Wednesday, September 5, 2007

LGI News: Nairobi residents root for law on house rent

By Morris Aron of BD Africa (06-September-2007)

Nairobi residents yesterday supported plans to introduce a new law on house rents, saying it was the only way to curb runaway rise in the cost of living in the country.

Kenya Alliance of Residents Associations (KARA), however, cautioned that the enactment of the law should be accompanied by policies that will encourage construction of more housing units to address the supply shortage that is the main cause of landlord belligerence.

Besides, KARA said inefficiency, corruption and laxity were to blame for inability of the Rents Tribunal to deal with a housing crisis in the country.

Mr Stephen Mutoro, the chairman of KARA, told Business Daily that though exploitation of tenants had reached overwhelming proportions in recent times, regulations being proposed should not override the normal functioning of a free market economy.

“It is important that the relevant arms of the government deal with the underlying problem of supply shortage, while at the same time ensuring that property developers do not take advantage of the situation to exploit middle income earners,” said Mr Mutoro.

KARA also criticised landlords who cheat tenants into vacating houses claiming they are due for renovation, only to bring in new tenants at higher rents.

Mr Mutoro said such cases should be dealt with through the enactment of stringent laws on eviction and tenancy agreements. The association further asked the government to find sustainable ways of reducing the cost of construction materials to make housing more affordable to the majority of middle income earners.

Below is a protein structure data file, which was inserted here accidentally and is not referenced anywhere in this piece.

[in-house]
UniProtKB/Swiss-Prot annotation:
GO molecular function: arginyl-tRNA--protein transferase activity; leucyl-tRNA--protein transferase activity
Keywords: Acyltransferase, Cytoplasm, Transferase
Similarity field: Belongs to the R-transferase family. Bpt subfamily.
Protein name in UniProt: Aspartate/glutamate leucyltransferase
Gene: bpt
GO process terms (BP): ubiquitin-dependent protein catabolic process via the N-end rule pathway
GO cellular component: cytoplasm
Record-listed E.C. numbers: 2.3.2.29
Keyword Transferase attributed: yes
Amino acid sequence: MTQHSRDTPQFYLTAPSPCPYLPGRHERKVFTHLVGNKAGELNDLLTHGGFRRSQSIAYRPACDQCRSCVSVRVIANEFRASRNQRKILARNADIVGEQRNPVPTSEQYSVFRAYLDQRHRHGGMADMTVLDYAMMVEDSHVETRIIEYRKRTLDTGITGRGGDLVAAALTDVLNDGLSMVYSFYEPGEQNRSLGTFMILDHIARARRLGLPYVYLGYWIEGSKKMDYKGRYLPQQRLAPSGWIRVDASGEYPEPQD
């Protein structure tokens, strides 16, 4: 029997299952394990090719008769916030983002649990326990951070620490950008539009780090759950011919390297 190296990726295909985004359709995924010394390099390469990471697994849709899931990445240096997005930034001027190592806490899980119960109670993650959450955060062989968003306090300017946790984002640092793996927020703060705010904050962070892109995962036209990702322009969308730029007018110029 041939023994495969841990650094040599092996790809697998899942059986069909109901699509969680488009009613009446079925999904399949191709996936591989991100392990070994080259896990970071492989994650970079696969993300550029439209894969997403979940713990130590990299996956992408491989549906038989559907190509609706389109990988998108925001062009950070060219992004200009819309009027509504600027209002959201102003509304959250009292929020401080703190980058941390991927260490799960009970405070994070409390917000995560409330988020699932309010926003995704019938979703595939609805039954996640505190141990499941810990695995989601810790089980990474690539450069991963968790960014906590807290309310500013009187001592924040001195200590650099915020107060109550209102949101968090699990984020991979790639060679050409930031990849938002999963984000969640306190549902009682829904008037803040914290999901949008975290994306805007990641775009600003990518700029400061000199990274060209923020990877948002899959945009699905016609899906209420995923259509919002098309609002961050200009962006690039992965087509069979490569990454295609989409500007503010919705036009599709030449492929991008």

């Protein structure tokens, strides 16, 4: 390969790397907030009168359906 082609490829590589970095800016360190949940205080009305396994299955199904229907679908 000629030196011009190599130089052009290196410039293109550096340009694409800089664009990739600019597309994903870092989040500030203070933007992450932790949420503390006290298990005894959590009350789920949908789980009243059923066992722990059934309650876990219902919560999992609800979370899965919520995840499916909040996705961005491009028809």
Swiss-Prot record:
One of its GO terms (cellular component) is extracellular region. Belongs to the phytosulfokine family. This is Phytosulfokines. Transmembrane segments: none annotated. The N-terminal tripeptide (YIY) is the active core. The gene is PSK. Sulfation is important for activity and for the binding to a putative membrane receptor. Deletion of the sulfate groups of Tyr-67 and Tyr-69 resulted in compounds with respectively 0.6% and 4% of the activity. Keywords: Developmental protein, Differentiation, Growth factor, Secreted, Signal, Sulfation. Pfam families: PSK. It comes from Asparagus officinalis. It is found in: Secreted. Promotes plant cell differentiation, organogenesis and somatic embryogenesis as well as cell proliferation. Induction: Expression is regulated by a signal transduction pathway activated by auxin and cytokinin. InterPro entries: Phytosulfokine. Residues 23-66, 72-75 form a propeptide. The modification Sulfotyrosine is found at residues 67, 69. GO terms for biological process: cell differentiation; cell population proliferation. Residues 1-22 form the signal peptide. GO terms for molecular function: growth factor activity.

KARA also said an influx of refugees was partly to blame for the acute housing problem in key cities such as Nairobi, as well as failure by the Kenya National Bureau of Statistics (KNBS) to clearly define “middle income” earners in the country.

The organisation also put employers on the spot for failing to provide housing or pay their employees house allowances that enable them live comfortably.
KARA said the house allowance phenomenon was quickly disappearing from the Kenyan corporate scene, with companies choosing to engage in discrimination when it comes to housing their employees.

Unlike the civil service, most companies do not offer housing allowance except for top management.

“Companies need to play a more pro-active role in housing employees as it is one of their basic needs,”said Mr Mutoro.

KARA was reacting to a story in yesterday’s Business Daily on the proposed enactment of a law to establish a new rents tribunal that will hear disputes from tenants paying rents of up to Sh20,000 or bellow.

The new rent ceiling accounts for 70 per cent of all tenants in Nairobi.

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